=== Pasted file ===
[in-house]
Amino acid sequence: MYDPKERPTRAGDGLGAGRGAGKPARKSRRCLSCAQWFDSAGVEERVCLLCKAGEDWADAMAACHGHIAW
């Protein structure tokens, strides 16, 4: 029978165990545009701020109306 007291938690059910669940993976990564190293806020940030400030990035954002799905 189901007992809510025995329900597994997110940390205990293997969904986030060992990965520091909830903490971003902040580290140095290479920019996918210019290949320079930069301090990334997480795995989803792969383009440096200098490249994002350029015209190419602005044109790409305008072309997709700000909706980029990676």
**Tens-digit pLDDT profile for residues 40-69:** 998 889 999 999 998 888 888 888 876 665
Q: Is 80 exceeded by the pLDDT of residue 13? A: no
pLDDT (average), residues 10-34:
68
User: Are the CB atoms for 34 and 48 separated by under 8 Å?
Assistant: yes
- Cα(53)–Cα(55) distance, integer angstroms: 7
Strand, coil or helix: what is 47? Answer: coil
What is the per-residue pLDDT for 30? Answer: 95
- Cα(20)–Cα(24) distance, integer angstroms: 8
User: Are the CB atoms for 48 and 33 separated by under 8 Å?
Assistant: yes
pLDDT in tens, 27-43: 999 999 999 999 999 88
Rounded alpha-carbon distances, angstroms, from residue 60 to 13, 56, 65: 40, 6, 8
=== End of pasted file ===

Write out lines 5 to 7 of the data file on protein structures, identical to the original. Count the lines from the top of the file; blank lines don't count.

Q: Is 80 exceeded by the pLDDT of residue 13? A: no
pLDDT (average), residues 10-34:
68